Next, it’s on to one of old SoLT’s favorite topics, the early Aegean and Mediterranean. Most importantly from our point of view, we have been trying for months to find information on cats and the Phoenicians, and Vocelle delivers some—not a lot, but we suppose that is an indication of how little information there is. From there the book moves on to cats in Greece and Rome, and then into the Dark Ages and beyond. Along the way, the text describes how cats were depicted in works of art, and we learn how changes in religion affected how cats were viewed. We especially enjoyed the section on cats in Islam, a subject we knew very little about. Other interesting and informative sections cover cats in India, China, and Japan.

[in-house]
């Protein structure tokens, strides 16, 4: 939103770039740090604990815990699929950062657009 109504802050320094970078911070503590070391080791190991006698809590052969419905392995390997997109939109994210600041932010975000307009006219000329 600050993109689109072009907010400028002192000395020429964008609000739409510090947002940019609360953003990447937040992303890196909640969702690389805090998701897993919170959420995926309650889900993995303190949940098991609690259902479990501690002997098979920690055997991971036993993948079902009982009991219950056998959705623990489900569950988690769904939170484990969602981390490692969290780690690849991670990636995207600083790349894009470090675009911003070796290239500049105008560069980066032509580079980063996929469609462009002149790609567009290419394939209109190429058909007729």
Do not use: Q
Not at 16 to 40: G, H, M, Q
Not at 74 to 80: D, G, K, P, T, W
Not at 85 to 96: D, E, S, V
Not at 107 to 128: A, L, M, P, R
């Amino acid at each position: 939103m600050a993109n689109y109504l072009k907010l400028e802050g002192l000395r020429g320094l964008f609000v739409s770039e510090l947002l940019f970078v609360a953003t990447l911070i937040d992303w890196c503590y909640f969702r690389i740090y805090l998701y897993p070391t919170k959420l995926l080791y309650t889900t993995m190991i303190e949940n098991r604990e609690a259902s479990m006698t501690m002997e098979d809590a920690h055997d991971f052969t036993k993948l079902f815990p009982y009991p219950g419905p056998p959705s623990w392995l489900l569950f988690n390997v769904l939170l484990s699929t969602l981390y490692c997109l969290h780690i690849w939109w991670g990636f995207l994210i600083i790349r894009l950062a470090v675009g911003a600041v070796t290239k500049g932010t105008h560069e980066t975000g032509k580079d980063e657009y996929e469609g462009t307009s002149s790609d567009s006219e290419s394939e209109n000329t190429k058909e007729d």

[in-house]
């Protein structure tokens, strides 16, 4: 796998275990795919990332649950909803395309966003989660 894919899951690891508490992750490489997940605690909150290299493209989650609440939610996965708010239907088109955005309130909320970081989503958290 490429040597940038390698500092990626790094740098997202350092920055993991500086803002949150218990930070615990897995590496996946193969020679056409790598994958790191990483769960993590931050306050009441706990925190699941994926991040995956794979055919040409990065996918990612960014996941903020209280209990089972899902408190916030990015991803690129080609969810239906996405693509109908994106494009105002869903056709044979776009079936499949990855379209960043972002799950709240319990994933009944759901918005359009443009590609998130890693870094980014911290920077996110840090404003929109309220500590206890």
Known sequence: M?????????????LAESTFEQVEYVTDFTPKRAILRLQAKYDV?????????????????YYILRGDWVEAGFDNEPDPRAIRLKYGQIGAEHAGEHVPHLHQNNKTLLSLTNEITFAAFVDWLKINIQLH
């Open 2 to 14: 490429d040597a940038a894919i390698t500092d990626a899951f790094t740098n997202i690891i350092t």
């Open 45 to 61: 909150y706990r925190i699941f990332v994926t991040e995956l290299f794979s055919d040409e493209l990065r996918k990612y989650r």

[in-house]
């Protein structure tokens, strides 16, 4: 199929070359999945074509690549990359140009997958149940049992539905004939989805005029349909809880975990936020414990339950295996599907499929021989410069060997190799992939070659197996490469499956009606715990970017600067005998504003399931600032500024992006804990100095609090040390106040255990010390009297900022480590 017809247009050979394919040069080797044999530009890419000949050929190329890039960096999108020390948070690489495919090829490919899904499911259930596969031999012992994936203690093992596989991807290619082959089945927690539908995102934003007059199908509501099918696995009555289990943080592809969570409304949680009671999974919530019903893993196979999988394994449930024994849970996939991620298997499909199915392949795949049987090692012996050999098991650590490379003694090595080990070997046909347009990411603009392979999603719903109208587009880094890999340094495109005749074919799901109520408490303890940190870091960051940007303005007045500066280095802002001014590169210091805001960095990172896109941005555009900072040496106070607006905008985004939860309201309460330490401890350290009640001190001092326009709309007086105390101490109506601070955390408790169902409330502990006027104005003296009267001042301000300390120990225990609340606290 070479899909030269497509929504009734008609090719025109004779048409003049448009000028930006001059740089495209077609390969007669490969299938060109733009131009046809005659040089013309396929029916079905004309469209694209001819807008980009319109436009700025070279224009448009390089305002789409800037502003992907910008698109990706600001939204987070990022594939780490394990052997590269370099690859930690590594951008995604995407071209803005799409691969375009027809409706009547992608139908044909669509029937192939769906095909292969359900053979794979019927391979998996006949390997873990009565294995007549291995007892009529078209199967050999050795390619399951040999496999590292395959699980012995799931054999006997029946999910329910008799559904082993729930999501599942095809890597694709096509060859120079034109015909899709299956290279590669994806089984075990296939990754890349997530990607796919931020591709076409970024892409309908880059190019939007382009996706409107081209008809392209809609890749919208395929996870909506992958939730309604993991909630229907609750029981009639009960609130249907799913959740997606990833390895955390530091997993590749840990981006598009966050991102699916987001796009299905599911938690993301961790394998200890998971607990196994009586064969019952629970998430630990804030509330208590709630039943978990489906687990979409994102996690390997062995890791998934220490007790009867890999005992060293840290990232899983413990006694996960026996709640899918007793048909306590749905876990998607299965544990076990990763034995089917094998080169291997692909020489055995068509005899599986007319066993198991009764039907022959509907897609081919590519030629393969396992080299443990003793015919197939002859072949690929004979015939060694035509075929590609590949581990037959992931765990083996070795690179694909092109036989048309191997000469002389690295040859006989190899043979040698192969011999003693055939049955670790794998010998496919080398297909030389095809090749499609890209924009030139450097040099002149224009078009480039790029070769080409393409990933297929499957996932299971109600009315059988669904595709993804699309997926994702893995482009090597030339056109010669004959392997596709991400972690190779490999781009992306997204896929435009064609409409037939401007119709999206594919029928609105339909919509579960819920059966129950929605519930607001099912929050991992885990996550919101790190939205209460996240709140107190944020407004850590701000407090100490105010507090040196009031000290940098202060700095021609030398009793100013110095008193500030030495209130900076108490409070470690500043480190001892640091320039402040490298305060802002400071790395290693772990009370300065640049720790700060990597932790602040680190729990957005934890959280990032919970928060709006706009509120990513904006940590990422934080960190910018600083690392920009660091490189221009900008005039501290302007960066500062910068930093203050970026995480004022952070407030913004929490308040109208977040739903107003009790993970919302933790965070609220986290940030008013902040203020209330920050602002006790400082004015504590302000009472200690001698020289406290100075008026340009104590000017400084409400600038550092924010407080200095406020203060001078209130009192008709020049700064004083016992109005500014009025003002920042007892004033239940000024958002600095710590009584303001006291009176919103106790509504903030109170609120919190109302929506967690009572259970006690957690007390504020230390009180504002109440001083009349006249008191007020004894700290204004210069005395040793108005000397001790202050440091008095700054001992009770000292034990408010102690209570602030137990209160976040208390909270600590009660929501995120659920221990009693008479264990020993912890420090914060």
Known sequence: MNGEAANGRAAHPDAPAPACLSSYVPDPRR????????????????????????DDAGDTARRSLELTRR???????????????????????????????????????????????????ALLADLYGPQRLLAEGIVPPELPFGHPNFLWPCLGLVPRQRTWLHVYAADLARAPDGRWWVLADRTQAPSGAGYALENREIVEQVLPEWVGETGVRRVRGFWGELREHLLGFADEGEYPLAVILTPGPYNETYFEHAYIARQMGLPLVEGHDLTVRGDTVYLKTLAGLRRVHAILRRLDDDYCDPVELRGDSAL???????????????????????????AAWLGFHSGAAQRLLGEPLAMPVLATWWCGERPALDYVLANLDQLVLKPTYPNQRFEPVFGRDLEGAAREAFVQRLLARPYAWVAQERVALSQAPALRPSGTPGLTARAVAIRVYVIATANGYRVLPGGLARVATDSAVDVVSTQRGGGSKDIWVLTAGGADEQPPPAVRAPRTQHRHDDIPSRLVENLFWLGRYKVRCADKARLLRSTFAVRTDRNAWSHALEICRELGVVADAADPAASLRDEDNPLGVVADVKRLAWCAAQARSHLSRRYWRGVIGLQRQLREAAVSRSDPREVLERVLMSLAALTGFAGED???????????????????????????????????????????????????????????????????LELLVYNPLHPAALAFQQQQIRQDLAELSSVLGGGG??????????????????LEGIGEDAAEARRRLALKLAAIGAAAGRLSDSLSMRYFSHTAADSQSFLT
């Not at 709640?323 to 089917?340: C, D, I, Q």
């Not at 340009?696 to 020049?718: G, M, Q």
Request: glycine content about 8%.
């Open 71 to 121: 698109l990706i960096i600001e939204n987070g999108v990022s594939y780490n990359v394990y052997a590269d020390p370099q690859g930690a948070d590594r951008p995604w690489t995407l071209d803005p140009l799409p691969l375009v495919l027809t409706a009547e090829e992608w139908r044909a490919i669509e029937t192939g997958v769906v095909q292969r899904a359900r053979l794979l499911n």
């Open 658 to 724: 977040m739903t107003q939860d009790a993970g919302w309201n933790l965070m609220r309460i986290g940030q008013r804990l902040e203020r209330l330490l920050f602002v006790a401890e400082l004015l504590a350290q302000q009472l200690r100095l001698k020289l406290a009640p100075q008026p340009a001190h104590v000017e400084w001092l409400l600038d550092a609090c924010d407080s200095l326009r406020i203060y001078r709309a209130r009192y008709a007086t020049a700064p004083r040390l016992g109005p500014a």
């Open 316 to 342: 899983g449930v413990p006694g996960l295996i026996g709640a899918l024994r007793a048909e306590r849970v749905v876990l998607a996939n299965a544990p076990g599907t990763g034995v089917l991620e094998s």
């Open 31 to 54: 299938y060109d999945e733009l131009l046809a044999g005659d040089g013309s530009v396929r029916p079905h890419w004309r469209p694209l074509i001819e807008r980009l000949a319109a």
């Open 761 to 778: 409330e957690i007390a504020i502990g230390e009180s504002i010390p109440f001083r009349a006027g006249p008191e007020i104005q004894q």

I won’t touch on every subject or time period Vocelle covers, so let’s skip a few centuries and move on to the 20th century. Did you know that someone attempted to take a cat on an airship crossing of the Atlantic in 1910? (The word “attempted” is a key part of that sentence.) Or that a street cat became the first cat sent into space in 1963? Just some of the little tidbits you’ll take away.

Cat illustrations and so much more

If you’re familiar at all with The Great Cat, you won’t be surprised to learn that Revered and Reviled is richly illustrated. Cats have appeared in art from ancient times through to the Internet age, and through this book, you’ll learn at least a little bit about each period. Yes, you’ll even learn about cats in movies, music, literature…

The illustrations and quotes are terrific, but there is far more of value in this book. I am talking here of the supplemental information: a timeline covering cats in history from 20 million years ago to the opening of the first cat café (in 1998), a list of Theban tombs with cats (so useful!), a list of cat cemeteries in Egpyt, and a reference list (again, so useful!).